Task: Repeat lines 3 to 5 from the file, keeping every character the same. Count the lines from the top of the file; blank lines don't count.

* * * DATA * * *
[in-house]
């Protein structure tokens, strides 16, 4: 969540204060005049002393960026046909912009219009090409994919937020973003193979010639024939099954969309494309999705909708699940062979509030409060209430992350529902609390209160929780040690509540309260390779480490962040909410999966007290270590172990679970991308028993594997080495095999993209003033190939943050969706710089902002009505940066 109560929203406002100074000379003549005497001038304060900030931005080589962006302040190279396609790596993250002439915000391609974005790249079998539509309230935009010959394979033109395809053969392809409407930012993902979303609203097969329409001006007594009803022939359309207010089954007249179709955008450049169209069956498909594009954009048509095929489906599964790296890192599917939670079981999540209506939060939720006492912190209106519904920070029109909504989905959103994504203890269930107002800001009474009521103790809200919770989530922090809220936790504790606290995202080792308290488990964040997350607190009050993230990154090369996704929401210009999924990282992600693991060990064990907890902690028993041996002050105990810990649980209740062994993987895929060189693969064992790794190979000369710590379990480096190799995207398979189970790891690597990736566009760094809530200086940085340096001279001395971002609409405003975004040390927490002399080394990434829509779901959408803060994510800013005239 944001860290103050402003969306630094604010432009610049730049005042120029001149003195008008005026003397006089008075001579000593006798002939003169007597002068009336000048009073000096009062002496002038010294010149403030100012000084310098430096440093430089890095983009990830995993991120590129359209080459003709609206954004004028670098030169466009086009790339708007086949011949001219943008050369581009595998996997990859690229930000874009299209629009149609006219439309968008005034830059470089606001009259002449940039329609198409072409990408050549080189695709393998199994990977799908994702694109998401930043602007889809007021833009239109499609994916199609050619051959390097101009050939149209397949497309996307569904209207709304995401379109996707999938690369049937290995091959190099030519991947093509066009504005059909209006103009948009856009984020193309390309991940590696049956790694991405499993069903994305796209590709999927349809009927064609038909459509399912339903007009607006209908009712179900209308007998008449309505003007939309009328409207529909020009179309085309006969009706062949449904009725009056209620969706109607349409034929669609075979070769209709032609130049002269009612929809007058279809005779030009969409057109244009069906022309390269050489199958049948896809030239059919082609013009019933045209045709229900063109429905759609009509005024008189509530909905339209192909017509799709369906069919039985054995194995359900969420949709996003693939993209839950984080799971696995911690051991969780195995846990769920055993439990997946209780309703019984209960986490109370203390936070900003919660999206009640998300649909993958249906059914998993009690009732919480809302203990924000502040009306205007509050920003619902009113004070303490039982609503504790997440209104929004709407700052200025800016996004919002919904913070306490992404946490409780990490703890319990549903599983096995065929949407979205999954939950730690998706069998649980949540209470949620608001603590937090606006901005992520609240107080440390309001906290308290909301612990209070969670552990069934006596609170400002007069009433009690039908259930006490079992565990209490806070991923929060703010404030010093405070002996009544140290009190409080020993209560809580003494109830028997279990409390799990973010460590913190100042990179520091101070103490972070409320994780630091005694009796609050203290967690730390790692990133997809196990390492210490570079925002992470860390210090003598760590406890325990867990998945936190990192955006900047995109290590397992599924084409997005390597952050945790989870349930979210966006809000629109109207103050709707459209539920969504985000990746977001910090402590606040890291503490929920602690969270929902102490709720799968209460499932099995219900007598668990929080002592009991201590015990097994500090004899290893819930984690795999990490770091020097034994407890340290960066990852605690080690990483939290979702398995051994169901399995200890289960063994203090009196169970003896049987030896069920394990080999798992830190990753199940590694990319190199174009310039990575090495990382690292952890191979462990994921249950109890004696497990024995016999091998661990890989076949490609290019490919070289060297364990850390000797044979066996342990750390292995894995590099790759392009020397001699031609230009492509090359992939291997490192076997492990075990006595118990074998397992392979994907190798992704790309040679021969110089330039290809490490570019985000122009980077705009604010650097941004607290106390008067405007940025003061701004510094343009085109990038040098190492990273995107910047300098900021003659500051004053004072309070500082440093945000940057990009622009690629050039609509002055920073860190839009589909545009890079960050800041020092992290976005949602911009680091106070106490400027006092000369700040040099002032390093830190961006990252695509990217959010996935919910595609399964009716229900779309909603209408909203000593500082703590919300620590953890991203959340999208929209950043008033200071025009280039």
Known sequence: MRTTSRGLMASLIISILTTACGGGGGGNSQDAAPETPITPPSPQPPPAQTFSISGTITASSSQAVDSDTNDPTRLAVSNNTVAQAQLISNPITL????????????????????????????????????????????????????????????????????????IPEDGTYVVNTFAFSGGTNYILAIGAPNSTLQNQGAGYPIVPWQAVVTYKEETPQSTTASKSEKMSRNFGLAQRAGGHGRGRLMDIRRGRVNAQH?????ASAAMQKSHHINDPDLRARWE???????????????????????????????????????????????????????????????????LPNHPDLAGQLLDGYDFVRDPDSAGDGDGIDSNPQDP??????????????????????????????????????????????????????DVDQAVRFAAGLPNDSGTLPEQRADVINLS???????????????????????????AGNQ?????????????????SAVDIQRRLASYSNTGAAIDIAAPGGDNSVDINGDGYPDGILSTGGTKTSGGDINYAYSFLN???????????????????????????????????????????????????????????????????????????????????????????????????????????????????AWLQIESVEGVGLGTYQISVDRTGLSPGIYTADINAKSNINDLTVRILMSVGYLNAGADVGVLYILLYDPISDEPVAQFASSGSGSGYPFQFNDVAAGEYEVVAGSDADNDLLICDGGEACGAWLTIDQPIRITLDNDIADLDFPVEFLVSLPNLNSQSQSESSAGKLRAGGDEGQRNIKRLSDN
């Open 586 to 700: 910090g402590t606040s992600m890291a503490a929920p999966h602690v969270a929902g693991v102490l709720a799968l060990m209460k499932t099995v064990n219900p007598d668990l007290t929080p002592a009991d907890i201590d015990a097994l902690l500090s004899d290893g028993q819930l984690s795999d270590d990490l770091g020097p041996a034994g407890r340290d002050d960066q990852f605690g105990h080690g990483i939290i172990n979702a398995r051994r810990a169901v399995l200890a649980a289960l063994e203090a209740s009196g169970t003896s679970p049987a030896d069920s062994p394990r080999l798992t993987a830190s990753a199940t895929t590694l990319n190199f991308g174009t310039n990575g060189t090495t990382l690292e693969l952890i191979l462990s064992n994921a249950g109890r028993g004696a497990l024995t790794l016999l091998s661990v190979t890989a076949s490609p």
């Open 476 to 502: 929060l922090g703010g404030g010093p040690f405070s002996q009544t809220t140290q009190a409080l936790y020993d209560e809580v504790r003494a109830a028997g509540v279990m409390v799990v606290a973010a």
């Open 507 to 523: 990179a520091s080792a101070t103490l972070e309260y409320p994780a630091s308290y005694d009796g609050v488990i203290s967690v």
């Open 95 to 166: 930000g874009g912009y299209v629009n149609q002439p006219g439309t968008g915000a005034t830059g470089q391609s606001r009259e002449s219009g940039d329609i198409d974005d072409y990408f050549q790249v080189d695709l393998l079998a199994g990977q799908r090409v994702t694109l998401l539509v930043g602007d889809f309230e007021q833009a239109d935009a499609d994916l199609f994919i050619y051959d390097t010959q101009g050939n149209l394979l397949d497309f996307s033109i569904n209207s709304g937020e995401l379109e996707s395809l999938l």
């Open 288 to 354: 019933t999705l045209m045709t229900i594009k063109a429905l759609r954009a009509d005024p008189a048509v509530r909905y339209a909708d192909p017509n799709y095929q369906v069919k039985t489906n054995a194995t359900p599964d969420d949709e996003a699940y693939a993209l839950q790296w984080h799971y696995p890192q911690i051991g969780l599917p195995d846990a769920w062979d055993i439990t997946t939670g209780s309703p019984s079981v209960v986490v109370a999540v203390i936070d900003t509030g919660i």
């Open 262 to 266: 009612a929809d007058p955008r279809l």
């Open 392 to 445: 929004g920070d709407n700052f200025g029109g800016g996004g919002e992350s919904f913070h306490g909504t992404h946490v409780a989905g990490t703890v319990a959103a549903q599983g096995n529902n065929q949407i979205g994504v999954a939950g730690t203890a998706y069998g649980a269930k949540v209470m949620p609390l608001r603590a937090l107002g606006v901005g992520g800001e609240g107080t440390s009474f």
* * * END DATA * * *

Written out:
Known sequence: MRTTSRGLMASLIISILTTACGGGGGGNSQDAAPETPITPPSPQPPPAQTFSISGTITASSSQAVDSDTNDPTRLAVSNNTVAQAQLISNPITL????????????????????????????????????????????????????????????????????????IPEDGTYVVNTFAFSGGTNYILAIGAPNSTLQNQGAGYPIVPWQAVVTYKEETPQSTTASKSEKMSRNFGLAQRAGGHGRGRLMDIRRGRVNAQH?????ASAAMQKSHHINDPDLRARWE???????????????????????????????????????????????????????????????????LPNHPDLAGQLLDGYDFVRDPDSAGDGDGIDSNPQDP??????????????????????????????????????????????????????DVDQAVRFAAGLPNDSGTLPEQRADVINLS???????????????????????????AGNQ?????????????????SAVDIQRRLASYSNTGAAIDIAAPGGDNSVDINGDGYPDGILSTGGTKTSGGDINYAYSFLN???????????????????????????????????????????????????????????????????????????????????????????????????????????????????AWLQIESVEGVGLGTYQISVDRTGLSPGIYTADINAKSNINDLTVRILMSVGYLNAGADVGVLYILLYDPISDEPVAQFASSGSGSGYPFQFNDVAAGEYEVVAGSDADNDLLICDGGEACGAWLTIDQPIRITLDNDIADLDFPVEFLVSLPNLNSQSQSESSAGKLRAGGDEGQRNIKRLSDN
């Open 586 to 700: 910090g402590t606040s992600m890291a503490a929920p999966h602690v969270a929902g693991v102490l709720a799968l060990m209460k499932t099995v064990n219900p007598d668990l007290t929080p002592a009991d907890i201590d015990a097994l902690l500090s004899d290893g028993q819930l984690s795999d270590d990490l770091g020097p041996a034994g407890r340290d002050d960066q990852f605690g105990h080690g990483i939290i172990n979702a398995r051994r810990a169901v399995l200890a649980a289960l063994e203090a209740s009196g169970t003896s679970p049987a030896d069920s062994p394990r080999l798992t993987a830190s990753a199940t895929t590694l990319n190199f991308g174009t310039n990575g060189t090495t990382l690292e693969l952890i191979l462990s064992n994921a249950g109890r028993g004696a497990l024995t790794l016999l091998s661990v190979t890989a076949s490609p």
């Open 476 to 502: 929060l922090g703010g404030g010093p040690f405070s002996q009544t809220t140290q009190a409080l936790y020993d209560e809580v504790r003494a109830a028997g509540v279990m409390v799990v606290a973010a």